Perl programming language marks 25th birthday
Munging data since 1987
Perl, the open source programming language used by developers and sysadmins to automate any number of text-wrangling and data-management tasks, celebrates its 25th birthday on Tuesday.
It was on December 18, 1987 that Larry Wall released Perl 1.0, posting the source code to the Usenet newsgroup comp.sources.misc.
Wall had begun developing the language while working as a programmer at Unisys, and had initially intended it to be a Unix scripting language in the vein of
awk. The language grew quickly, however, steadily adding new features in subsequent releases over the next few years.
By the time Perl 5 shipped in 1994, it had developed into a full-fledged general programming tool with support for modern language features including objects, references, modules, and rich native support for regular expressions.
Around the same time, web developers began adopting Perl as the go-to language for coding CGI scripts, an early method of developing web applications. The fact that Perl is an interpreted language made scripts quick to write and easy to debug, and its strong text-processing capabilities made it ideally suited for outputting complex HTML.
Perl has fallen out of favor for web development somewhat in recent years, its role having in large part been subsumed by more recent upstarts such as PHP, Python, and Ruby.
Critics often take a negative view of Perl's somewhat idiosyncratic syntax, which can make Perl programs difficult to maintain (even, sometimes, for the original developer, if much time has passed). As such, Perl has occasionally been described as a "write-only language".
Fans of the language deny the charges, however, arguing that Perl's flexible syntax and its overarching philosophy – "there's more than one way to do it" – are actually two of its greatest strengths.
And if web developers have shunned Perl of late, it still enjoys a healthy and loyal following among systems administrators, scientists, database admins, and anyone else who appreciates what Wall describes as "the three great virtues of a programmer": laziness, impatience, and hubris.
These days, Perl is available on almost every OS platform imaginable, ranging from Windows and OS X to Unix systems and IBM mainframes. For a while, Nokia even maintained a version of the language for System 60 smartphones.
Eighteen years after Perl 5 was released, it still remains the most popular version of the language, with the current stable version of that branch numbered 5.16.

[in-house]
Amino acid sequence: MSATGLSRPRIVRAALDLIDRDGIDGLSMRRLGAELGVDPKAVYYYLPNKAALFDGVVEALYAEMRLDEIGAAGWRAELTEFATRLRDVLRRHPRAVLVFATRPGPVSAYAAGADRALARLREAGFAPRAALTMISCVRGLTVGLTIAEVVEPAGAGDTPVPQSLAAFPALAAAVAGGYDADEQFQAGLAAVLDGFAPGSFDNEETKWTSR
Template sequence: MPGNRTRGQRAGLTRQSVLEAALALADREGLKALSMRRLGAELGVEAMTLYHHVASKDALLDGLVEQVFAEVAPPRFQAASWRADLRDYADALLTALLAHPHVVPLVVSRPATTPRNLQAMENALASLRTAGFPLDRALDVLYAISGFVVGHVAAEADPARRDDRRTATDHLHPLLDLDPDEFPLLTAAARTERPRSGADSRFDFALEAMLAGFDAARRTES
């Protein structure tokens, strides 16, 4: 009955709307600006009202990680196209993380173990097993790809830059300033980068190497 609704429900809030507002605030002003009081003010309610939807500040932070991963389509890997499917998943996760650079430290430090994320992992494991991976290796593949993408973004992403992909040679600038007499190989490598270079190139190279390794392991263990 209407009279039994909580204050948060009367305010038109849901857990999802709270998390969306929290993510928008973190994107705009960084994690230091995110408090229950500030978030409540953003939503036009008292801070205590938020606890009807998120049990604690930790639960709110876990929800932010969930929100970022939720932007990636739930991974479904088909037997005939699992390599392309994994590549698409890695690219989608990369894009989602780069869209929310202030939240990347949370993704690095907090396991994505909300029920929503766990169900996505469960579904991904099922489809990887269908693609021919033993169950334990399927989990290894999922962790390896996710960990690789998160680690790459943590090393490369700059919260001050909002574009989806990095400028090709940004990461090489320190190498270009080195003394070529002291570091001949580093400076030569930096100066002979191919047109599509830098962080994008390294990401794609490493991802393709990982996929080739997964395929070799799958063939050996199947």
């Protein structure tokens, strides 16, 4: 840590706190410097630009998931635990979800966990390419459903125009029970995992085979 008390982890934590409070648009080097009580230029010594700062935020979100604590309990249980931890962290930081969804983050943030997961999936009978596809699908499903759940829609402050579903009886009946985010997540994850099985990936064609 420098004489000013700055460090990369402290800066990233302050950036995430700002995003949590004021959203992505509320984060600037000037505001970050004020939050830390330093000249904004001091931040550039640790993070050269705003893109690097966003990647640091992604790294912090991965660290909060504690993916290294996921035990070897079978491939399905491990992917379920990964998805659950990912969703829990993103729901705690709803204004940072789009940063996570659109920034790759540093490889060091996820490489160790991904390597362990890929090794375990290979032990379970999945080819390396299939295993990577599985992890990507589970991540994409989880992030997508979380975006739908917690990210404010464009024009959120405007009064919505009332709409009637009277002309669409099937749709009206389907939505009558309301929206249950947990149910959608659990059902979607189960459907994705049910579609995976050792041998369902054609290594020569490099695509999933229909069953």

Separately, however, a portion of the Perl community has moved on to Perl 6, a troubled rewrite that intentionally breaks compatibility with earlier versions. Despite good intentions and lofty goals, Perl 6 has remained in "active development" for over a decade, yet is still considered "not production ready".
In fact, when Perl 6 developers are asked when it will be released, the customary response has always been "Christmas" – though no one ever specifies which year. That jokey response is typical of the laid-back attitude of the Perl community, though, and Larry Wall clearly wouldn't have it any other way.
Wall continues to oversee Perl development as the language's official Benevolent Dictator for Life, and plans to do so through the development of Perl 6 and beyond, having said in a 2008 interview, "My vision of Perl's future is that I hope I don't recognize it in 20 years." ®
With Yoda strapped to his back, Luke climbs up one of the
many thick vines that grow in the swamp until he reaches the
Dagobah statistics lab. Panting heavily, he continues his
exercises--grepping, installing new packages, logging in as
root, and writing replacements for two-year-old shell scripts
YODA: Code! Yes. A programmer's strength flows from code maintainability.
But beware of Perl. Terse syntax... more than one way to do it...
default variables. The dark side of code maintainability are they.
Easily they flow, quick to join you when code you write. If once
you start down the dark path, forever will it dominate your destiny,
consume you it will.
LUKE: Is Perl better than Python?
YODA: No... no... no. Quicker, easier, more seductive.
LUKE: But how will I know why Python is better than Perl?
YODA: You will know. When your code you try to read six months from
The internet's Cobol?
I started using Perl in the late 90's and still continue to do so, today - though our relationship is by no means exclusive (yes, I do compile other languages). There are better languages for a lot of the stuff I use it for, but no other single language that can do ALL the stuff I do in Perl, with the ease (through familiarity) and third-party additions I can simply install.
Perls greatest benefit is CPAN. If any language wants an example of how to make libraries integrate with little effort for the user and less fuss they should sit back and watch as Perl modules automatically download, work out their dependencies, download them without further help, build the whole mess, test it's installed properly and then let you get on with your job..
The code may look ugly, it may not have a de-facto IDE, it may be interpreted, you do need to use semi-colons all over the place. But it's well documented, there are plenty of examples (mostly working!) and it's easy to get started. Here's looking forward to another 25 years.
Just because Perl allows people to write unmaintenable code doesn't make it an unavoidable "feature" of the language. Anyone with enough discipline to be called a half-decent programmer can and will write perfectly maintainable Perl code.
As much as craftsmen like to accuse their tools, in the end it's always their fault for not using a tool properly.